opened up opportunities for Carter.

But, and there are always lots of “buts” when it comes to the
Middle East, Begin didn’t totally give in and accelerated his
settlements of both Gaza and the West Bank.

Nonetheless, with Carter having been granted his window of
opportunity, he invited Sadat and Begin to Camp David in
September 1978. [Talks began on September 4.] Carter also
invited Jordan, Syria, Saudi Arabia and the Palestinians to
participate but they turned it down. The Arab world was
vehemently against Egypt’s new feeling of friendship with Israel.
[Fast-forward 20+ years and draw your own conclusions.]

Security for the Camp David talks was extra tight, with Carter
imposing a news blackout and demanding secrecy from both
sides. As Harold Evans notes, Carter needn’t have worried, since
both leaders thought the president was bugging their phones
(Carter wasn’t). It was a rough 13 days, with Sadat threatening
to go home twice. To break the ice, Carter took the two to
Gettysburg one day. [A great idea.] Finally, an agreement in
two parts was reached on September 17. Part One would have
Israel withdraw all of its settlers from the Sinai (which was
eventually accomplished in 1982), while Part Two called for
Israel to negotiate with Sadat to resolve the Palestinian refugee
dilemma, something which unraveled right after the summit.

Camp David was actually breaking down on the Sinai issue even
in the spring of ’79, however, forcing Carter to go to both Egypt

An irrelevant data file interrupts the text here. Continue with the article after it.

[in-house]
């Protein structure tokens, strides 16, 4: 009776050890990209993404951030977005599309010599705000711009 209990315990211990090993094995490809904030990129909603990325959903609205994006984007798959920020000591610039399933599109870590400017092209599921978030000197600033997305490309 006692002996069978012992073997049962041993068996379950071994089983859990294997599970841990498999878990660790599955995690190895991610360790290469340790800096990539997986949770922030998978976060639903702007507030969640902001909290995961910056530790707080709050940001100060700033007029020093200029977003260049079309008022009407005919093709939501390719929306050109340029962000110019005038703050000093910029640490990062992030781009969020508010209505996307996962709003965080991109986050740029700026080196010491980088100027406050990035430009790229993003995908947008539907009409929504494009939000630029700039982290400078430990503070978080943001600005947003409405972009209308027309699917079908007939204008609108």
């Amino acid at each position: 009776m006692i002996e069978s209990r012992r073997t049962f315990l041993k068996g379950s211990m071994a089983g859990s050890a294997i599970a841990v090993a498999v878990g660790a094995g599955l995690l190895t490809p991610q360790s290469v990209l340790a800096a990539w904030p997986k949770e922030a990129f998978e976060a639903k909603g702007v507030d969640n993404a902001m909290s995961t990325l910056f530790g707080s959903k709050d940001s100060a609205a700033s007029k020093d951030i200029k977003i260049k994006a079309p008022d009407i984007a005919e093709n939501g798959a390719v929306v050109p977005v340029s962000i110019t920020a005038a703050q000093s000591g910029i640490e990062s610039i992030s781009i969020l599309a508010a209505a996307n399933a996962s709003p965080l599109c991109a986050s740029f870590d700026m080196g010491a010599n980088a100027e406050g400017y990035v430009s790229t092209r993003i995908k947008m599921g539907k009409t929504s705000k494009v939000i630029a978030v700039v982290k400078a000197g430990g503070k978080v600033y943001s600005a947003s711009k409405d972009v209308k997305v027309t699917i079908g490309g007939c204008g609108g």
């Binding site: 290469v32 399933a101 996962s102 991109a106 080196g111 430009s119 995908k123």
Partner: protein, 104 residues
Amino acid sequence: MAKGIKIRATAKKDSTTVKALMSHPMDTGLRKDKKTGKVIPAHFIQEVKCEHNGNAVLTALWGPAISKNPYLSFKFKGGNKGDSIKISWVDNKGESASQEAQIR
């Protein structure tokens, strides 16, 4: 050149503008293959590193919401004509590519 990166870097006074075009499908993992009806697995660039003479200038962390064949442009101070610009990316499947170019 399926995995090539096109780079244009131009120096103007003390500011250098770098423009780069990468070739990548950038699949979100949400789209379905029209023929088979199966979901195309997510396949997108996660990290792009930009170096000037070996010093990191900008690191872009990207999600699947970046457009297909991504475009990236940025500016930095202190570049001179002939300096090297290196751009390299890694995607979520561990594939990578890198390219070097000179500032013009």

and Israel himself that March and finally on March 26, 1979 the
Camp David Accords were formally signed back in Washington.

Let me be clear about one thing, since I have always been highly
critical of President Carter. There is no doubt that Camp David
was an heroic effort on his part, but the bottom line is years later
it accomplished little.

Right after the signing, Menachem Begin made clear his refusal
to block new Israeli settlements on the West Bank, which Sadat
had viewed as a homeland for Palestinians, while as a result of
the treaty, Sadat himself was condemned as a traitor to the
Islamic cause. Arab states severed relations with Egypt, as
inside the country, groups like the Muslim Brotherhood and a
new underground outfit, Islamic Jihad, emerged to battle Sadat’s
government. In the case of Islamic Jihad, it was committed to
the overthrow of Sadat and the imposition of an Islamic regime,
launching a guerrilla war, which culminated in Sadat’s
assassination in 1981.

As historian David Reynolds sums it up, Camp David not only
didn’t bring peace to the Middle East, “If anything, it made the
Palestinian problem even harder to resolve.”

[One side note: According to the Soviet ambassador to the
United States at the time, Anatoly Dobrynin, Carter was to
involve Moscow, but Israel objected vociferously, leading, in
turn, to a vigorous protest by Leonid Brezhnev for the exclusion
of the Soviet Union from the peace process. Dobrynin writes in
his book “In Confidence,” “I believe it was one of the missed
opportunities for joint action during the Carter administration,
and it grew out of American domestic controversies and the
inconsistency of the administration itself.” For his part, Carter
was to later complain during the 1980 presidential campaign that
the American Jewish community didn’t appreciate his service to
Israel in promoting Camp David.]


Sources:

“In Confidence,” Anatoly Dobrynin
“Diplomacy,” Henry Kissinger
“The American Century,” Harold Evans
“20th Century,” J.M. Roberts
“One World Divisible,” David Reynolds
“History of the Twentieth Century,” Martin Gilbert
“The Oxford History of Islam,” edited by John L. Esposito
“America: A Narrative History,” George Brown Tindall and
David E. Shi

Next Hott Spotts Thursday.

Brian Trumbore